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A Lady in Boomtown: Miners and Manners on the Nevada Frontier - Page 43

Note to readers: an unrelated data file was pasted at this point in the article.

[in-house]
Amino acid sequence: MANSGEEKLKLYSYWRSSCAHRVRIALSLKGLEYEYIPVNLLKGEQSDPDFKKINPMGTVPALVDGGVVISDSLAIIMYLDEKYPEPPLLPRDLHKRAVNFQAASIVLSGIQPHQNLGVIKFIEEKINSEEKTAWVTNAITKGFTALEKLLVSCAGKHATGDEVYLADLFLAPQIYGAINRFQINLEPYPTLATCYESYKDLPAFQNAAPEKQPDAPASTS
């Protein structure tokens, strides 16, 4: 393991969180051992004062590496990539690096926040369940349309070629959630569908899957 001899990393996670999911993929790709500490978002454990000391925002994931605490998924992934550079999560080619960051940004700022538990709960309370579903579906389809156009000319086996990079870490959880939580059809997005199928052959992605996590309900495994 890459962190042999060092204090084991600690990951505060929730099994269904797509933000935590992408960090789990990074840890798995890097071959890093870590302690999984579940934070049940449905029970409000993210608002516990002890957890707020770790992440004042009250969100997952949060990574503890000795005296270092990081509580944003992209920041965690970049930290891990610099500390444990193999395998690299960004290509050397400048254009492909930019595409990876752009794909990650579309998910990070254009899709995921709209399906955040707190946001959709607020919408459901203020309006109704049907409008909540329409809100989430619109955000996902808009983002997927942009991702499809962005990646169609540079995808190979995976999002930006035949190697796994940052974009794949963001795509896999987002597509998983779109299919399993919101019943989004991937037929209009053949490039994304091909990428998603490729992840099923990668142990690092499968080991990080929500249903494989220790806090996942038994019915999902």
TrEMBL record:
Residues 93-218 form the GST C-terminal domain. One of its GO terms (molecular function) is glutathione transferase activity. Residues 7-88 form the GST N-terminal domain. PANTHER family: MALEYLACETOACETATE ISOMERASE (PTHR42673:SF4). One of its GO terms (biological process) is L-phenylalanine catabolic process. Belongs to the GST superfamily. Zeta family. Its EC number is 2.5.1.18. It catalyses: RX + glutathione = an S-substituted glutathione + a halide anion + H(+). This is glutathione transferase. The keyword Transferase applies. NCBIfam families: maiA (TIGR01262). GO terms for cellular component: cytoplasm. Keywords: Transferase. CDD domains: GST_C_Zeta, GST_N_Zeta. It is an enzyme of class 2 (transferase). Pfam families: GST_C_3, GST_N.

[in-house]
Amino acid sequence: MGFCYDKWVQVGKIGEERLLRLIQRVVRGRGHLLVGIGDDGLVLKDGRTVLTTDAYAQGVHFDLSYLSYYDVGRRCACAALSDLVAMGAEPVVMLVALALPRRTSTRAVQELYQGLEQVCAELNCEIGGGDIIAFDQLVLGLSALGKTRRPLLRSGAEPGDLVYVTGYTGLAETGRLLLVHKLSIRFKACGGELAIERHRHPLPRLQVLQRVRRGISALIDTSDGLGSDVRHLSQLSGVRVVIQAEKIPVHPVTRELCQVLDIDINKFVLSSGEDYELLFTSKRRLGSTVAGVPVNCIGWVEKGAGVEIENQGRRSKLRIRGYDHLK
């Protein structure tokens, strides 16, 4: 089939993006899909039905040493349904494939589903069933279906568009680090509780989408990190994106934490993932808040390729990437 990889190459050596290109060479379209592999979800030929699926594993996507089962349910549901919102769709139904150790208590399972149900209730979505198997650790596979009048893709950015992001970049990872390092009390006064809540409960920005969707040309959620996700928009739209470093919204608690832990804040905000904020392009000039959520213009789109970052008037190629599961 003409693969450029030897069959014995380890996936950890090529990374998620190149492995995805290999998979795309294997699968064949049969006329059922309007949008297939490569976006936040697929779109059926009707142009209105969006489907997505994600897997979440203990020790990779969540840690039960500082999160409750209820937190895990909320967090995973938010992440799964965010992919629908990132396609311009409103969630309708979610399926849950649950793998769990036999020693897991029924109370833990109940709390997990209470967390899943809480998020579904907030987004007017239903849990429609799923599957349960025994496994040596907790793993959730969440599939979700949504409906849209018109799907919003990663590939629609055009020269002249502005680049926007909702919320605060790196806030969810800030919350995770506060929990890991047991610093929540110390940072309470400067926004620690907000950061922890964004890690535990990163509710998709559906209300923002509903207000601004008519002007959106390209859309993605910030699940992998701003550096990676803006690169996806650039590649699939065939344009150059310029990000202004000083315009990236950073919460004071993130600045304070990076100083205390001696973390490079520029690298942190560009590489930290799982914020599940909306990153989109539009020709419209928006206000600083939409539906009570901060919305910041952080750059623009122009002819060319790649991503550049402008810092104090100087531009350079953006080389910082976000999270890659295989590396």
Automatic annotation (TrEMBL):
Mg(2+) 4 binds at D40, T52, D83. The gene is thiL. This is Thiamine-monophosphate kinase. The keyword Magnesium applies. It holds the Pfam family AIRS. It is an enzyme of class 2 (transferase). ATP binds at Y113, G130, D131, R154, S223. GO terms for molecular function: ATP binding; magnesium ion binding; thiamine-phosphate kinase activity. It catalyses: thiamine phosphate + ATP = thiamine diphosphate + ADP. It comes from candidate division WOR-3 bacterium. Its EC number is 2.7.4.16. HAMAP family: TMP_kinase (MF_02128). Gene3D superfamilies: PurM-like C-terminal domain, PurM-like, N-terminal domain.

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the result of a test for ore values, made by the assayer in an office retort, before a shipment of ore is sent to the smelter. These original little mementos, made from high- grade ore from the Montana- Tonopah, were not all that made the dinner memorable. Seated at Mr. Knox’s right, I heard from the other end of the table bursts of unguarded laughter, with Hugh’s voice in animated and continuous narrative. I had known Hugh as a man of quiet dignity, but now under the beneficent influence of the champagne, in which he had not often indulged, my husband blossomed out as a raconteur. Another trip underground was arranged for me by Mr. Knox to see what is known as “ ruby silver.” There was not a great deal of this type of quartz in Tonopah, but in the Montana it showed up in pockets. This first time I saw it, the twenty- foot stope looked as if the walls had been spattered with blood. When I held a piece of it up to the light, it glowed like a jewel - very exotic stuff. However, the color faded quickly when exposed to the air. Every time a face of ruby silver appeared in a mine, people clamored to see it. I went underground many times in the years I spent in Tonopah, often hanging on to the skip, which is no more than a cross- piece hung to a single rope. Sometimes I rode the rim of the bucket, or was safely deposited inside the bucket, which, after all, was a little more comfortable for a tenderfoot. An entertainment of uncommon interest that first year was a dramatic reading of Julius Caesar by Herman W. Knickerbocker. This gentleman had come to Hugh’s office some days before to ask him if he had any of Shakespeare’s plays. When he saw my husband’s full set of Shakespeare, he asked if he could borrow Julius Caesar, without telling Hugh anything of his plans. My husband knew Mr. Knickerbocker by reputation, and like many men who are too self- contained to be flashy, Hugh had a secret admiration for any man who was definitely spectacular. He relished telling me the tales that were floating through camp about this gentleman. One whispered story told of Mr. Knickerbocker’s having been ruined by an illicit love; another maintained he had assumed a debt incurred by some absconding relative. He had been a minister, that was sure; that he was from the South was evident in his speech. But whether he had actually been the pastor of a fashionable New Orleans church and tried for heresy and unfrocked was something else again. Anyway, no man so handsome could escape curious comment. This reading was held in the Opera House, a large barn of a place with a stage at one end and a shallow balcony at the other. The admission was a dollar a seat, and I think the “ star” made enough to insure a grubstake for many days.



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